The increasing racial disparity in infant mortality: respiratory distress syndrome and other causes

Demography. 2004 Nov;41(4):773-800. doi: 10.1353/dem.2004.0030.

Abstract

Although substantial declines in infant mortality rates have occurred across racial/ethnic groups, there has been a marked increase in relative black-white disparity in the risk of infant death over the past two decades. The objective of our analysis was to gain insight into the reasons for this growing inequality on the basis of data from linked cohort files for 1989-1990 and 1995-1998. We found a nationwide reversal from a survival advantage to a survival disadvantage for blacks with respect to respiratory distress syndrome over this period. The results are consistent with the view that the potential for a widening of the relative racial gap in infant mortality is high when innovations in health care occur in a continuing context of social inequality. As expected, the results for other causes of infant mortality, although similar, are less striking. Models of absolute change demonstrate that among low-weight births, absolute declines in mortality were greater for white infants than for black infants.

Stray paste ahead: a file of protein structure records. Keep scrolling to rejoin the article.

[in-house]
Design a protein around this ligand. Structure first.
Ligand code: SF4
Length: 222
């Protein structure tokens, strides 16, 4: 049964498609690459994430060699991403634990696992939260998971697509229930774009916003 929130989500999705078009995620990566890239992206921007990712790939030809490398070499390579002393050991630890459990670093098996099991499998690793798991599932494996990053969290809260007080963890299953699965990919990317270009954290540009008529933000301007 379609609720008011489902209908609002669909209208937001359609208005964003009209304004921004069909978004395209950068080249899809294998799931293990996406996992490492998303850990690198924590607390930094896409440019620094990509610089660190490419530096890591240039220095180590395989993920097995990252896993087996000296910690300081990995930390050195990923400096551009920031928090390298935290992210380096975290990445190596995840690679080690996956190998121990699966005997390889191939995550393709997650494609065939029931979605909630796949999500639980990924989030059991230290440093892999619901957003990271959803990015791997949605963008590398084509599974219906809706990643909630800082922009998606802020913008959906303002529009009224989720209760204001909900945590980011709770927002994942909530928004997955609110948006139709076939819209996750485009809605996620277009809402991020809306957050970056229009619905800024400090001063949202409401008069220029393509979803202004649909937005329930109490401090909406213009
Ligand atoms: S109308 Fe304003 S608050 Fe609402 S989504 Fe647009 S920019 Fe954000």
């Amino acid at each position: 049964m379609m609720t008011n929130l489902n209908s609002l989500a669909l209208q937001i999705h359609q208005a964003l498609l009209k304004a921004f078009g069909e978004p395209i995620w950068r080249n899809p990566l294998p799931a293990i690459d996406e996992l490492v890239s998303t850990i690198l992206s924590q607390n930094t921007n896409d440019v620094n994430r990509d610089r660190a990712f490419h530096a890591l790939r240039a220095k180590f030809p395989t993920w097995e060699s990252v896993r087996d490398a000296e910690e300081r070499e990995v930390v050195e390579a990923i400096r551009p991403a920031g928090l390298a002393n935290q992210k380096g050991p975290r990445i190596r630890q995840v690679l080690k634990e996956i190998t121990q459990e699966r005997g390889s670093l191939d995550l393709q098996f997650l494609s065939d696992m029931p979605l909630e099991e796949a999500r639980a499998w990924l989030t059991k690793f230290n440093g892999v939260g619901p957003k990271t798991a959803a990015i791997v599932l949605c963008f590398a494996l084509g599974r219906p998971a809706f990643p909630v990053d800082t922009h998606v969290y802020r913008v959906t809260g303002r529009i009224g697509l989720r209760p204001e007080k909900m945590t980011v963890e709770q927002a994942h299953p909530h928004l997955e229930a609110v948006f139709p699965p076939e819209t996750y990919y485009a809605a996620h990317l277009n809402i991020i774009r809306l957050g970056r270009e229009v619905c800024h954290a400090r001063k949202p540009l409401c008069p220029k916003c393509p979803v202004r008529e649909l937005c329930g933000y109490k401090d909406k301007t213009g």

Publication types

  • Comparative Study
  • Research Support, U.S. Gov't, P.H.S.

MeSH terms

  • Adolescent
  • Adult
  • African Americans / statistics & numerical data*
  • Cohort Studies
  • European Continental Ancestry Group / statistics & numerical data*
  • Female
  • Humans
  • Infant Mortality / trends*
  • Infant, Low Birth Weight
  • Infant, Newborn
  • Logistic Models
  • Male
  • Maternal Age
  • National Center for Health Statistics, U.S.
  • Pulmonary Surfactants / therapeutic use
  • Respiratory Distress Syndrome, Newborn / drug therapy
  • Respiratory Distress Syndrome, Newborn / ethnology*
  • Respiratory Distress Syndrome, Newborn / mortality*
  • Risk Factors
  • Smoking / ethnology
  • Socioeconomic Factors
  • Survival Rate
  • United States / epidemiology

Substances

  • Pulmonary Surfactants